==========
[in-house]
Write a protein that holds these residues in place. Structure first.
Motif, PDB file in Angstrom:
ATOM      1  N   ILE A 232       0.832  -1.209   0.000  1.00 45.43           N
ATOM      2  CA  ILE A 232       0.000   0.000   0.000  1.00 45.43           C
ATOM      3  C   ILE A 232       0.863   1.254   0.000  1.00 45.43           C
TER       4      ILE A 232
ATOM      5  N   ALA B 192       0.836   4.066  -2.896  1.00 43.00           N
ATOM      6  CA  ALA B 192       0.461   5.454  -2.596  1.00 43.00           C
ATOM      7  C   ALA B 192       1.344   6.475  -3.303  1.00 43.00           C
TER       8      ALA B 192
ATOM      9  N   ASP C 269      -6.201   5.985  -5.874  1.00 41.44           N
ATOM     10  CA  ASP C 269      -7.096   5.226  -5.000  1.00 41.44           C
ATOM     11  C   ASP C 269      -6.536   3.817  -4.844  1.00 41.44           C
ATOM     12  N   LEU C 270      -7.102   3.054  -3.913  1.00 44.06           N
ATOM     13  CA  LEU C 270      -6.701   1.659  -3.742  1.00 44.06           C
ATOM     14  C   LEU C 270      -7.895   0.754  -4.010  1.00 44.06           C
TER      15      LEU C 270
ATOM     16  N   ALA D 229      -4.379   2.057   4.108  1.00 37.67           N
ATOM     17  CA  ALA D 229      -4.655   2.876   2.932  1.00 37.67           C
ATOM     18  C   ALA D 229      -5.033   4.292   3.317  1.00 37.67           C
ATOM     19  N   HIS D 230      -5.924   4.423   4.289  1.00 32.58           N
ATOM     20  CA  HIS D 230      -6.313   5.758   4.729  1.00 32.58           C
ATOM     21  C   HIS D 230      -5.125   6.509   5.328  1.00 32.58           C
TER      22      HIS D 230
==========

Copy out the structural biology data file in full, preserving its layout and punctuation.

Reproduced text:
[in-house]
Write a protein that holds these residues in place. Structure first.
Motif, PDB file in Angstrom:
ATOM      1  N   ILE A 232       0.832  -1.209   0.000  1.00 45.43           N
ATOM      2  CA  ILE A 232       0.000   0.000   0.000  1.00 45.43           C
ATOM      3  C   ILE A 232       0.863   1.254   0.000  1.00 45.43           C
TER       4      ILE A 232
ATOM      5  N   ALA B 192       0.836   4.066  -2.896  1.00 43.00           N
ATOM      6  CA  ALA B 192       0.461   5.454  -2.596  1.00 43.00           C
ATOM      7  C   ALA B 192       1.344   6.475  -3.303  1.00 43.00           C
TER       8      ALA B 192
ATOM      9  N   ASP C 269      -6.201   5.985  -5.874  1.00 41.44           N
ATOM     10  CA  ASP C 269      -7.096   5.226  -5.000  1.00 41.44           C
ATOM     11  C   ASP C 269      -6.536   3.817  -4.844  1.00 41.44           C
ATOM     12  N   LEU C 270      -7.102   3.054  -3.913  1.00 44.06           N
ATOM     13  CA  LEU C 270      -6.701   1.659  -3.742  1.00 44.06           C
ATOM     14  C   LEU C 270      -7.895   0.754  -4.010  1.00 44.06           C
TER      15      LEU C 270
ATOM     16  N   ALA D 229      -4.379   2.057   4.108  1.00 37.67           N
ATOM     17  CA  ALA D 229      -4.655   2.876   2.932  1.00 37.67           C
ATOM     18  C   ALA D 229      -5.033   4.292   3.317  1.00 37.67           C
ATOM     19  N   HIS D 230      -5.924   4.423   4.289  1.00 32.58           N
ATOM     20  CA  HIS D 230      -6.313   5.758   4.729  1.00 32.58           C
ATOM     21  C   HIS D 230      -5.125   6.509   5.328  1.00 32.58           C
TER      22      HIS D 230